This plays perfectly to Vikander’s strengths as an actress just as the previous Croft was essentially tailor-made for Jolie’s brand of icy charisma. Vikander makes for a surprisingly effective and competent action hero, conveying most of her character through her responses to the numerous challenges Croft has to face. She’s highly sympathetic and relatable even during her most extreme stunts thanks to Vikander’s expressive face and emotional accessibility. The plot surrounding Lara’s adventures, as much as there is one, is never as exciting as watching Vikander fight through each individual scenario one at a time.
She shoots, she scores.
The supporting cast, however, is never as effective and too often serves as a distraction and pull away from Lara herself. In a film that’s supposed to be about the resourcefulness and determination of a brave woman, too much of the film focuses on the far-less-interesting men around her. Primary among these is the antagonist, Vogel himself. Walter Goggins seems like he’s sleepwalking through the role, only occasionally rising to any level of commitment. He’s a far less active (and consequently meaningful) villain than either Iain Glen’s Powell or Ciaran Hinds’ Reiss from the previous films. Dominic West does a respectable job as the senior Croft, his natural appeal never tarnished by his predictable and rote story arc.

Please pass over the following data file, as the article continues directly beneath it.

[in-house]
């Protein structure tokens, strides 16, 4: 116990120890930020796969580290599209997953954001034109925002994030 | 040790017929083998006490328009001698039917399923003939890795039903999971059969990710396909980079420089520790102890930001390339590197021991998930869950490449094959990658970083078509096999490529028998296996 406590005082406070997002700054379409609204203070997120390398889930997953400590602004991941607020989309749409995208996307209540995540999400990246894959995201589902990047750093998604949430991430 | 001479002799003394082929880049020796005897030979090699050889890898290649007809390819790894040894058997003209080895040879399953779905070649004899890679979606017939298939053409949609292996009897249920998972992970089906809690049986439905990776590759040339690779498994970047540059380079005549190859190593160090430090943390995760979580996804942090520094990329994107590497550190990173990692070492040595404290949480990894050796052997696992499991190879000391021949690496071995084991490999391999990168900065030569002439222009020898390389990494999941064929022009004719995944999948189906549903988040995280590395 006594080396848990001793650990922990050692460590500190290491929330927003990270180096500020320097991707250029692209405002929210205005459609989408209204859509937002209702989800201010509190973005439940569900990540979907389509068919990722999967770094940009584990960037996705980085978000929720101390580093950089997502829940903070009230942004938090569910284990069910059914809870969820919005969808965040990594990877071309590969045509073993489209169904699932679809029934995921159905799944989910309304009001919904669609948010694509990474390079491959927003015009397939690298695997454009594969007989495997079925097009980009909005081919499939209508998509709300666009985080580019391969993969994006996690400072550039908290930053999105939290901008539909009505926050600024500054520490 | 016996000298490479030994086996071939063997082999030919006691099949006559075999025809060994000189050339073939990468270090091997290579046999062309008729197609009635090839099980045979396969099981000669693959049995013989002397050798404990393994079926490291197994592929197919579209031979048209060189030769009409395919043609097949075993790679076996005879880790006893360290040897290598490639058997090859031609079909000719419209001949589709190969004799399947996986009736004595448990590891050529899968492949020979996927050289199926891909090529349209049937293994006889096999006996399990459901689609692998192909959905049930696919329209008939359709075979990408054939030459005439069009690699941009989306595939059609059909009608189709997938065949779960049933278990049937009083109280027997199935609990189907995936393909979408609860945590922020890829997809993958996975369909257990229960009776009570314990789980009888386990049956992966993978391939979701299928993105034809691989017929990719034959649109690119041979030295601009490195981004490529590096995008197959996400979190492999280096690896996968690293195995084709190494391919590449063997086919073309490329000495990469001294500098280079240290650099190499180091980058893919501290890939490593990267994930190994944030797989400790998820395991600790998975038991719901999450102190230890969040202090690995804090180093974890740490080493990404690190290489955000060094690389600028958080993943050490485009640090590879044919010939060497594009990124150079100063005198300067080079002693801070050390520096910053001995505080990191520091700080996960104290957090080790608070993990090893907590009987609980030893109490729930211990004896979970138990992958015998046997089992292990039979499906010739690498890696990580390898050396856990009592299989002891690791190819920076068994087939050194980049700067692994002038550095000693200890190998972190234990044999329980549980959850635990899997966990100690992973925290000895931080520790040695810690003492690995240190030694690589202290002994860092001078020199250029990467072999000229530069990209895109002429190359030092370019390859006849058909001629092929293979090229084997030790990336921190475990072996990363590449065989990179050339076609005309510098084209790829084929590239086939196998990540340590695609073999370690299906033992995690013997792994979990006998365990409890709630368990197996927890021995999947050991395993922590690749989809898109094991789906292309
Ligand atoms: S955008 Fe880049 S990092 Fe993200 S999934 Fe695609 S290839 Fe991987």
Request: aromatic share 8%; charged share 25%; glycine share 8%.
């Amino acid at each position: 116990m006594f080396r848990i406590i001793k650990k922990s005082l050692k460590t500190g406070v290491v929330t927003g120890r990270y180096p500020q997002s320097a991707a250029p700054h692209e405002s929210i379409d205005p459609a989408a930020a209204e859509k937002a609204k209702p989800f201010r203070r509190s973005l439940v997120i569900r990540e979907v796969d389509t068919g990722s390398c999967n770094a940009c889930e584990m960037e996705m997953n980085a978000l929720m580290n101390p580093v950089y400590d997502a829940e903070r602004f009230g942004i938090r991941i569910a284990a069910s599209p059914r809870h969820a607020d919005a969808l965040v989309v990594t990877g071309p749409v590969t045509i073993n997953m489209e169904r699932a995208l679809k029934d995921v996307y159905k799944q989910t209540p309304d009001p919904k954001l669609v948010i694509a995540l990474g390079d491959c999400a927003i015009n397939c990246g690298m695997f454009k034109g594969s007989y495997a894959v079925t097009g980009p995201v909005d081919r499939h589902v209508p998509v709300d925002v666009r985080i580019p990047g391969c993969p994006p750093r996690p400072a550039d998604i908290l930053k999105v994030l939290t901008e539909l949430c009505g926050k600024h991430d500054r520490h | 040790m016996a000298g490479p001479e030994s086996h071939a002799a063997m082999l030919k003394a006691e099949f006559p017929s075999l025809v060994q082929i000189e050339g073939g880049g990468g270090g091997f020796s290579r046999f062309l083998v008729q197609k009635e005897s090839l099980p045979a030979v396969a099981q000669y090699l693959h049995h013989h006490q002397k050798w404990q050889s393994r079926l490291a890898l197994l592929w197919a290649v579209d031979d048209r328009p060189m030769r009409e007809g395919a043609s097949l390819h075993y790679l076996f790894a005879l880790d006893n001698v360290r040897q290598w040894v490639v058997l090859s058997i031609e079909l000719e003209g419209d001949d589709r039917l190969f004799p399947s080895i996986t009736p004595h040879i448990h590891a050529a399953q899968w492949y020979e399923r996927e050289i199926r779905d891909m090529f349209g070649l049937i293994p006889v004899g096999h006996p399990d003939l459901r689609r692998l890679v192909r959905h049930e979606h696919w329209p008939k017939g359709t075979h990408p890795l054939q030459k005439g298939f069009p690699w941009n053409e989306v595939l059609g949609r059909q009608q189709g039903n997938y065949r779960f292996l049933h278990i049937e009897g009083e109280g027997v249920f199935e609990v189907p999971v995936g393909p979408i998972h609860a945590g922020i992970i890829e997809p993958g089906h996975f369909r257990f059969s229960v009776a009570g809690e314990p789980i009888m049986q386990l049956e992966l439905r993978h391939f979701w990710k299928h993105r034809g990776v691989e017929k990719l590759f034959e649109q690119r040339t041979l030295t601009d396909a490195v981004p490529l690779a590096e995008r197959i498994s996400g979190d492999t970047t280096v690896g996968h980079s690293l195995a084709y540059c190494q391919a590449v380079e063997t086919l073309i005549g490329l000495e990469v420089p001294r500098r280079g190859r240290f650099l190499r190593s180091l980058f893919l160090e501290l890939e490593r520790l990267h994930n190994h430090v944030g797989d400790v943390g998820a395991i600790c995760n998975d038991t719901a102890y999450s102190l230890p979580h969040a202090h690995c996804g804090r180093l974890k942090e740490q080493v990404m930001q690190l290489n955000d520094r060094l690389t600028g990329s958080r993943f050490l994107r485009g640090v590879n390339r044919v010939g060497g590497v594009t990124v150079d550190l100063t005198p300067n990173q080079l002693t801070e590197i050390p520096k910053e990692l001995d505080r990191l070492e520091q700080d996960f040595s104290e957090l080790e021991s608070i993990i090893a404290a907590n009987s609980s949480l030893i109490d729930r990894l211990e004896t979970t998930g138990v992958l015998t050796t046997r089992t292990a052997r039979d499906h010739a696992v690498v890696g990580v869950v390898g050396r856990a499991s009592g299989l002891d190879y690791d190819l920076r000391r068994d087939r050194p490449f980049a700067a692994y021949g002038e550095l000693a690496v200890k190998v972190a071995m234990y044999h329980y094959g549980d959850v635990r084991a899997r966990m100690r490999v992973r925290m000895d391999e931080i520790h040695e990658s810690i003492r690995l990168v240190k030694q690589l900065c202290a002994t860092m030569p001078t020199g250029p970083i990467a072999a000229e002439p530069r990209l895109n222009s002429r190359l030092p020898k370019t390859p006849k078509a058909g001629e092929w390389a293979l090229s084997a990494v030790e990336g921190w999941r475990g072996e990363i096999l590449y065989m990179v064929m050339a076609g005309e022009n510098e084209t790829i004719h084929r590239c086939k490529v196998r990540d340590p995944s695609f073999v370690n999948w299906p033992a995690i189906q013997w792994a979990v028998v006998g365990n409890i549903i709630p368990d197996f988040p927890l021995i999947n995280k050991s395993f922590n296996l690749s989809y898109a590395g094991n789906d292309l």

Daniel Wu also appears as Lu Ren, a boat captain Croft teams up with who lost his father in the same expedition where Richard Croft disappeared. He’s thankfully never positioned as a love interest for Lara, but Vikander and Wu play off of each other quite well. He vanishes for large stretches of the film, but when he’s on screen, he’s a welcome bit of vibrance and eye candy.
Permission to come aboard?